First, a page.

1. Please double check and update your email address --> http://www.aquariacentral.com/forums/index.php?account/contact-details
    Dismiss Notice

Loving my "Freshwater" Flounders

Discussion in 'Brackish' started by vombatus, Apr 7, 2011.

  1. vombatus

    vombatus AC Members

    Joined:
    Dec 1, 2008
    Messages:
    82
    Likes Received:
    0
    Location:
    Brooklyn, NY
    I have read all the caveats and warnings about them, but so far my pair of "freshwater" flounders are doing well. I have had them for a couple of months now. Since they are TINY babies (they are only like 1.5 inches now and were smaller when I bought them) and I did not expect them to survive, they've been living in a 2.5 gallon brackish (marine salt, not freshwater salt) tank with just a horned nerite snail for company and some planted water sprite for shelter. They spend most of the time buried in the sand (fine-grain Petco brand freshwater aquarium sand--highly recommend) but occasionally sit under the plants or stick on the glass.

    They eat very little and so I am careful not to put too much food in the tank. I siphon out waste and uneaten food and change a third of the water weekly, using air line tubing as my syphon tube. I couldn't tell you how much salt I'm adding, as I really just eyeball it, but I have a hydrometer in the tank to make sure I'm not adding enough to make it saltwater. I feed them live bloodworms sometimes but they eat the frozen ones happily, and sometimes they get frozen brine or mysis shrimp, but they prefer bloodworms. So far they will not eat pellet food, not even Hikari carnivore sinking wafers (broken into tiny pieces, of course).

    My only question is, will they be okay if I only feed them bloodworms (until they get a bit bigger, at least) or do they need a more varied diet to get all their nutrition? Because bloodworms are the only food they eat fully and consistently.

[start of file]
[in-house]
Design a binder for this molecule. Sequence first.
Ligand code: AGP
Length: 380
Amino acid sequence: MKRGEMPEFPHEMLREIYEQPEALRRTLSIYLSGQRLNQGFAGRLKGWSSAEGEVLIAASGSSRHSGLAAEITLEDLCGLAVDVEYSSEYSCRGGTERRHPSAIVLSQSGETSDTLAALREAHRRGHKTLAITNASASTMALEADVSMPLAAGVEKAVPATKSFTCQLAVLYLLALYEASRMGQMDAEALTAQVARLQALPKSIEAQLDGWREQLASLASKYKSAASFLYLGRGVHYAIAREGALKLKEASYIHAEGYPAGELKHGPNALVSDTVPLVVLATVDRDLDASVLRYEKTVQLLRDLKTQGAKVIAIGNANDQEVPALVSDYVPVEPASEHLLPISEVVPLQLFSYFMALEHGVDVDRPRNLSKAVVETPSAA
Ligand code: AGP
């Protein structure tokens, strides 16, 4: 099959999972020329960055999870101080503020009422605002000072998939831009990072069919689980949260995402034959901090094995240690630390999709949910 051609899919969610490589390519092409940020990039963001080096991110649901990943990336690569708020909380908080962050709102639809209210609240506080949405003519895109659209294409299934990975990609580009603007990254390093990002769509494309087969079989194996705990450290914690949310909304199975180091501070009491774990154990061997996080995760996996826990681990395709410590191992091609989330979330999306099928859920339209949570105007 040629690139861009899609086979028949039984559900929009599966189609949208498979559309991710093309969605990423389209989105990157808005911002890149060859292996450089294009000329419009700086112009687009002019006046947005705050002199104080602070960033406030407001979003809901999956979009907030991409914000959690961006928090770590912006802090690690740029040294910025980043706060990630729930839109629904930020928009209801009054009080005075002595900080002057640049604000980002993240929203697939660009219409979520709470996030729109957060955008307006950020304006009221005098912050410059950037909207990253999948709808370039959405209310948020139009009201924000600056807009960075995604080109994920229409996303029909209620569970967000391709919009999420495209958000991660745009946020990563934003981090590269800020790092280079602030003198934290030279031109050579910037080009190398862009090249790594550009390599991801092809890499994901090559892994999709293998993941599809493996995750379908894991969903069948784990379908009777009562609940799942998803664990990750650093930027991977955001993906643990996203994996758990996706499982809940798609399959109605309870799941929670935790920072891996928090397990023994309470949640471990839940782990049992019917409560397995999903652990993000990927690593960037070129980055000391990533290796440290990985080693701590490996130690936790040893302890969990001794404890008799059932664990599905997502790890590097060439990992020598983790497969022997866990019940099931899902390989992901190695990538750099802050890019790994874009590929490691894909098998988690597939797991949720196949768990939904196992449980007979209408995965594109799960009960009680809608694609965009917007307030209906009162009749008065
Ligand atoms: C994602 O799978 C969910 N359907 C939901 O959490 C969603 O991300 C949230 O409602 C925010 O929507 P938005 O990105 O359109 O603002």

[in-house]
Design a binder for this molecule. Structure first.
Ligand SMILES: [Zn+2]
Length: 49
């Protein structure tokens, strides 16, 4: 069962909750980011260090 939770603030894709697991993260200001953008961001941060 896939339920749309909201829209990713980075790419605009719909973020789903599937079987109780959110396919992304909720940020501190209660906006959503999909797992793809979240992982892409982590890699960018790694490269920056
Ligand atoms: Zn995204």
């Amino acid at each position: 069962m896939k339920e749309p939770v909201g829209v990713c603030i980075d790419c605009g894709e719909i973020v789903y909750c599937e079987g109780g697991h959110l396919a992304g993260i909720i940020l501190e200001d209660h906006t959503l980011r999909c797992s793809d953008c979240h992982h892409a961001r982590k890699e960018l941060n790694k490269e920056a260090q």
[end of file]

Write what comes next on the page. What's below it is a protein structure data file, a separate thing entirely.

2. SalmonAfrica

    SalmonAfrica Say what now?

    Joined:
    Aug 28, 2009
    Messages:
    14
    Likes Received:
    0
    Location:
    Durban, South Africa
    Glad to hear your flounders are doing well :) Not many people have the success that you're having. Do you think perhaps you could post a picture?

    Anyway, as with most fish it is best to provide some variety in their diet. Frozen bloodworm isn't very nutritious (unless it has been supplemented with vitamins, etc.), but live bloodworm is pretty good food. Keep feeding the other frozen foods, as you have been doing, and every now and again try a different kind of small live food and see if they enjoy it. If you find something they like, add it as a treat to their diet.

    Regards,
    Tim
     
  3. wesleydnunder

    wesleydnunder Discus Addict
    Staff Member

    Joined:
    Dec 11, 2005
    Messages:
    2,048
    Likes Received:
    21
    Location:
    Gulf Coast Texas
    Real Name:
    Mark
    I'd try live blackworms, finely chopped earthworms, live brine shrimp, live mosquito larva.

    Mark
     
  4. vombatus

    vombatus AC Members

    Joined:
    Dec 1, 2008
    Messages:
    82
    Likes Received:
    0
    Location:
    Brooklyn, NY
    Tim-- Thanks. I will try to get pictures with a friend's camera when I can. They're so small and sand-colored I'm going to need something with a really good macro setting!

    Mark-- Thanks. I should try blackworms. I stopped picking them up in favor of bloodworms because my elephant nose fish (for some reason) ignores blackworms but loves bloodworms. But I have enough other animals to eat them now. Live brine is a good option too, just harder for me to get around here. But as brave as I am with icky things, I think I would wretch if I tried to "finely chop" an earthworm lol.

    Laura
     
  5. captmicha

    captmicha Le tired.

    Joined:
    Dec 6, 2006
    Messages:
    2,050
    Likes Received:
    0
    Location:
    Maryland, USA
    Good advice but I too think I'd wretch if I had to chop up an earthworm! Maybe you could try grindals and white worms instead? I would be careful though of getting them too fixed on live food if you're not planning on keeping a constant supply of them. But if you are, more power to you!

    You also might try some small ghost shrimp and tiny feeder fish. Are you feeding them at night? According to this: http://www.fishforums.net/index.php?/topic/67770-freshwater-flounders/ they're mostly nocturnal. That link also gives some good food ideas.
     
  6. jetajockey

    jetajockey AC Members

    Joined:
    Apr 9, 2010
    Messages:
    1,816
    Likes Received:
    0
    Location:
    florida panhandle
    Real Name:
    David
    Cool fish. I caught one a while back and let it go, I'll probably start keeping them though now that I know more about them.
     

Share This Page